On the other hand, the House did manage to advance another measure, this one by Rep. Gary Beard of Baton Rouge, a Republican, banning officials with oversight on hurricane-recovery contracts from accepting campaign contributions from those companies or individuals eligible to receive them.
So how do legislators manage to both pass and reject major ethics reforms in the same session?
"It's because there's no great public outcry," says Bryan-Paul Frost, an adjunct professor of philosophy at UL Lafayette, who has taught courses on ethics and politics. "Ethics are not a tangible sort of issue," Frost says. "They don't immediately affect voters like taxes or other things."
Still, people should be pumping their fists in the air, says Jim Brandt, president of the Public Affairs Research Council, a nonprofit group that monitors the activities of state government.
Brandt doesn't give high grades to the Legislature for its handling of ethics issues over the past few months. "We were very disappointed there weren't more robust reforms enacted during the regular session," he says. "There wasn't a whole lot that got done."
While there have been major strides in recent years -- banning fundraising during sessions, tightening lobbying rules -- Brandt says every year seems to bring with it a few backwards steps.
For instance, Rep. Hunter Greene, a Baton Rouge Republican, filed legislation he later withdrew that would have allowed his friend Patrick Mockler, co-owner of Mockler Beverage, to sell beer to the Santa Maria Golf Course while Mockler was being considered for an appointment to the Baton Rouge Recreation and Park Commission, which manages the course. And Jefferson Parish Rep. Steve Scalise's effort to abolish a little-known perk held by New Orleans-area officials -- allowing them to get people out of jail that have been charged with a municipal violation -- failed in a close vote.
Frost says the teachings of Machiavelli can help shed light on why the Legislature does what it does on matters of ethics, even if no one else can. For example, if certain politicians believe they can get away with something sinister while appearing to be moral, no matter how immoral or amoral their actions might truly be, they'll make the push. That's because, without any repercussions, sinister actions can still be made to seem virtuous.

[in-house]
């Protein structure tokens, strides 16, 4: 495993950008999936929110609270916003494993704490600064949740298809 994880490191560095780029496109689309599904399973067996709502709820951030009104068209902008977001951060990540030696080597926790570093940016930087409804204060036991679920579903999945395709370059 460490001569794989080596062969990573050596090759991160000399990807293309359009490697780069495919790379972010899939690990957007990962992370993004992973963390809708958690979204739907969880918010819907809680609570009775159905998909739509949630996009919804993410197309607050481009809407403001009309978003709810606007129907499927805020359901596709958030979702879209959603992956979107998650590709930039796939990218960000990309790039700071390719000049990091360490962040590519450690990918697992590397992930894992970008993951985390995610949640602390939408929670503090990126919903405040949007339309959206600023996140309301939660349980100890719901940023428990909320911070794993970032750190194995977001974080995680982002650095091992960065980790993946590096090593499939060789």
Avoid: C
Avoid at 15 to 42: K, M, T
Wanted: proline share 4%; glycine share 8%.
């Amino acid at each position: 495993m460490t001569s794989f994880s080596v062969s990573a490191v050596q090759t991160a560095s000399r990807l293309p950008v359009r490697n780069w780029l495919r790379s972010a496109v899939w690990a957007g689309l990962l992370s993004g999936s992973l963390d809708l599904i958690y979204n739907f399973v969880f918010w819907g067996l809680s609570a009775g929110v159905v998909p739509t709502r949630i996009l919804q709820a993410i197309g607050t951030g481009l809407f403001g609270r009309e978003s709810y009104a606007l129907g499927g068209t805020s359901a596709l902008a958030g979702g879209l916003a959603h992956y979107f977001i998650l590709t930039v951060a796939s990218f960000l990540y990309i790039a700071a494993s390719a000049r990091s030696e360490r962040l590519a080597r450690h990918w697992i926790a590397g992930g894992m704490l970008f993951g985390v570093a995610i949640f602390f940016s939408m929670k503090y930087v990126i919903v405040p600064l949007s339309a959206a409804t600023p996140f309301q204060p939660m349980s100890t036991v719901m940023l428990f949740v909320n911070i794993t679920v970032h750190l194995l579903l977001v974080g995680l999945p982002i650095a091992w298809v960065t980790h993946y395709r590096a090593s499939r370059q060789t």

"For an action to be moral or ethical in the political world, that depends on its ultimate success or failure," Frost says with a laugh, alluding to the fact that the perceived outcome is sometimes more important to lawmakers than the original intent.
Brandt takes a more pragmatic approach. He says lawmakers are deft at procedural maneuvers that blunt efforts for change. The committees on governmental affairs in each chamber, both of which handle ethics measures, often won't allow a bill to reach a floor vote. "It seems as though they work in tandem," Brandt says, "or they pass something they know the other house will kill."
A bill prohibiting lawmakers from accepting free concert and sporting tickets from lobbyists and other interests was approved by the Senate, but it was sent to the House and Governmental Affairs Committee during the final weeks of the session with a wink and a smile because it "has been hostile to this type of ethics reform in the past," Brandt says.
The committee did pass the measure out to the full House, but it did so with a broad amendment that was likely to catch fire in the lower chamber, supportive lawmakers in the hearing grumbled.
Bills requiring more disclosure by certain agencies and offices didn't do much better. "It has not been a good session for sunshine," Brandt says, invoking the lexicon of public records disclosure advocates. A bill that would have required public financial statements from groups seeking state money met a quiet death during the session, as did a proposal that would have made public certain documents in the Governor's office.
The latter example is the reason so many agencies want the cover of the executive branch. The executive branch's broad exemptions from the state public records law provides shade -- some would say shadow -- from the bright sunshine, says New Orleans Rep. Peppi Bruneau, who sponsored the legislation closing the loophole.
"That's why everyone wants to be in there," Bruneau lamented during a speech on the House floor earlier this month.
The reluctance of lawmakers to make sweeping changes is no surprise to Frost. "Very few people are willing to put restrictions on their own power," he says.